In India, she took up a role with Bharat Financial Inclusion, at the time known as SKS Microfinance Limited. There she worked on building new loan products for the over eight million customers that SKS served. She also got her first experience of the investment process during this time, working on the company's IPO process.
Over the next few years, she worked with startups in Africa, the United States, and Latin America and studied for an MBA. In 2015, she joined Accion Venture Lab where she is now the managing partner overseeing the firm's investments in fintech startups across the globe.
For someone who has worked and lived on three continents, Parbhoo explains that the experience has taught her to respect local realities and how they influence business operations. As Accion's Managing Partner, this means she pays closer attention to what the local founders and investors they work with have to say about the local economic landscape. A good investor, she says, knows how to ask the right questions while supporting founders to find the right answers.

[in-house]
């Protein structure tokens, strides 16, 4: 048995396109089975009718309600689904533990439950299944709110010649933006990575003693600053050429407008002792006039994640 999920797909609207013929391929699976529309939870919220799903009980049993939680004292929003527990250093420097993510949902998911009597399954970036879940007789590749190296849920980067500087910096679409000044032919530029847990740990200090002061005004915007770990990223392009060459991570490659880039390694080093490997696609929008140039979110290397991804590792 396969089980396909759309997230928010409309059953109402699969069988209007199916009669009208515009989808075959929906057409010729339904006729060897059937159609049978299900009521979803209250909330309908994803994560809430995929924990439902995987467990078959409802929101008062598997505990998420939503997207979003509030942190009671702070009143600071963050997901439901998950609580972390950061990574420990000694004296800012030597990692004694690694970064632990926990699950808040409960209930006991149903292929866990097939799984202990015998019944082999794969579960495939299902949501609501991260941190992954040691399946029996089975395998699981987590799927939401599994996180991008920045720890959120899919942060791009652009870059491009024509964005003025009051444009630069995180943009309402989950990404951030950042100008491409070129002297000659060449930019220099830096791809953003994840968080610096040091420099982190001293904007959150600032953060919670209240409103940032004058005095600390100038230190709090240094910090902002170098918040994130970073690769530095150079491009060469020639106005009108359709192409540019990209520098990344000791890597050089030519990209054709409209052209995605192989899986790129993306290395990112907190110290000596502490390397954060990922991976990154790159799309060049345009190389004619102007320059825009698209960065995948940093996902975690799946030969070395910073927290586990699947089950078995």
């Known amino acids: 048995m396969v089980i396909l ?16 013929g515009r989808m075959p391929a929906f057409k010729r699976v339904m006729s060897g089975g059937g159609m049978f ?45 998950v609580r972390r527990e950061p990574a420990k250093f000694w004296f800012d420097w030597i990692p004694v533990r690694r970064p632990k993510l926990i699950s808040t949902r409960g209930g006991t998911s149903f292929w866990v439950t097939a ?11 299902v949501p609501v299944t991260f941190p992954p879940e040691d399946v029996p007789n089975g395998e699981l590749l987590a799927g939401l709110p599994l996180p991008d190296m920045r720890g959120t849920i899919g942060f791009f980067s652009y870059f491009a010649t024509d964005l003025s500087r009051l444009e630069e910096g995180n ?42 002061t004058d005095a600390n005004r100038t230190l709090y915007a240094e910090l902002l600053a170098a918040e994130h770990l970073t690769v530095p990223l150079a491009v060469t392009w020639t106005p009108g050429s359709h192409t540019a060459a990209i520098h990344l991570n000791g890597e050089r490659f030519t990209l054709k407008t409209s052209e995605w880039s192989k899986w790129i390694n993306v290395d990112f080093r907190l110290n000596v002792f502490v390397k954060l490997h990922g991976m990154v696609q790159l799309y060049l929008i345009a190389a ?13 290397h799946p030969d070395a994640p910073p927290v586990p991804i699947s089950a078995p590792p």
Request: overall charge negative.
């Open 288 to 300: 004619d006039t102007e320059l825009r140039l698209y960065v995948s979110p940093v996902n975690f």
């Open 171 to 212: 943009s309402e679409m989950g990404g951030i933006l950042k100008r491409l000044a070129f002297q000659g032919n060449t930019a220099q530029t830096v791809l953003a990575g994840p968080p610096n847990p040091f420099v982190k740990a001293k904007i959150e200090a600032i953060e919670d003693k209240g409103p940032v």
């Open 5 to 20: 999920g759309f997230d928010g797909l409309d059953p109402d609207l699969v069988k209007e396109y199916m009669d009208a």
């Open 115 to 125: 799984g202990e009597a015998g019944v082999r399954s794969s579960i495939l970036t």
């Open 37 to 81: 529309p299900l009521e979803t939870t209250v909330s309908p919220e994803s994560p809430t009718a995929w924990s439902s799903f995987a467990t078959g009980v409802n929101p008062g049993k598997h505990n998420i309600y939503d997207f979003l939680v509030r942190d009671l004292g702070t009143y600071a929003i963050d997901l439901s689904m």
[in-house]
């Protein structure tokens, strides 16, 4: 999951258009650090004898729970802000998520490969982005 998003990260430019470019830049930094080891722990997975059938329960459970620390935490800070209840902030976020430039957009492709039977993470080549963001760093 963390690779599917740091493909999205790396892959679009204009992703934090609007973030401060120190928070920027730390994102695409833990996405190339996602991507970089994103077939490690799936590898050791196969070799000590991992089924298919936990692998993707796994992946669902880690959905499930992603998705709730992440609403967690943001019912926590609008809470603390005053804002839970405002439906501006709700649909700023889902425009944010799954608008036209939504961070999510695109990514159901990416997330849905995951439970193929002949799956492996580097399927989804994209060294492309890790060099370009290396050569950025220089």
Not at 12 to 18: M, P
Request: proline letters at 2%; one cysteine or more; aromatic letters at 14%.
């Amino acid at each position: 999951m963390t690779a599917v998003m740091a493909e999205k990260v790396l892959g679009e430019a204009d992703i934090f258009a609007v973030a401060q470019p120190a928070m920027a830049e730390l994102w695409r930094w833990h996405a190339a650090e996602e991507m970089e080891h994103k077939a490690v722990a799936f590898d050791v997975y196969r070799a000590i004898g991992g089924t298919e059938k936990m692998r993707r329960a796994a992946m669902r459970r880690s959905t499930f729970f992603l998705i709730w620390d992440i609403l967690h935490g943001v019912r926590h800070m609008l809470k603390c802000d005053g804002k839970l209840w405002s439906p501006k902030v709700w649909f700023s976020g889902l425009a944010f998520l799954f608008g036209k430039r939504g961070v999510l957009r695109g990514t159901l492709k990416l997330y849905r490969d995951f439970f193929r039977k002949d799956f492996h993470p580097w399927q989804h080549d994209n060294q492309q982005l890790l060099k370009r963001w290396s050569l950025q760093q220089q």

"Any investor who's formerly been an operator or worked at a startup knows you can't know it all. An investor who claims to know everything is not a great investor. I'm not gonna fly into Nigeria or Egypt or Indonesia and claim to know everything about the local market context.
"Now we've done enough investing in those markets to know enough but I think to be a good investor, it's as much about giving advice as it is about asking the right questions and guiding entrepreneurs and teams to go out and find the answers to those questions if they don't know them themselves."
When Parbhoo joined Accion Venture Lab, her goal was to learn how to predict which businesses would succeed, but eight years and more than 60 investments later, the thrill she gets from working with the founders of their portfolio companies has kept her with the team.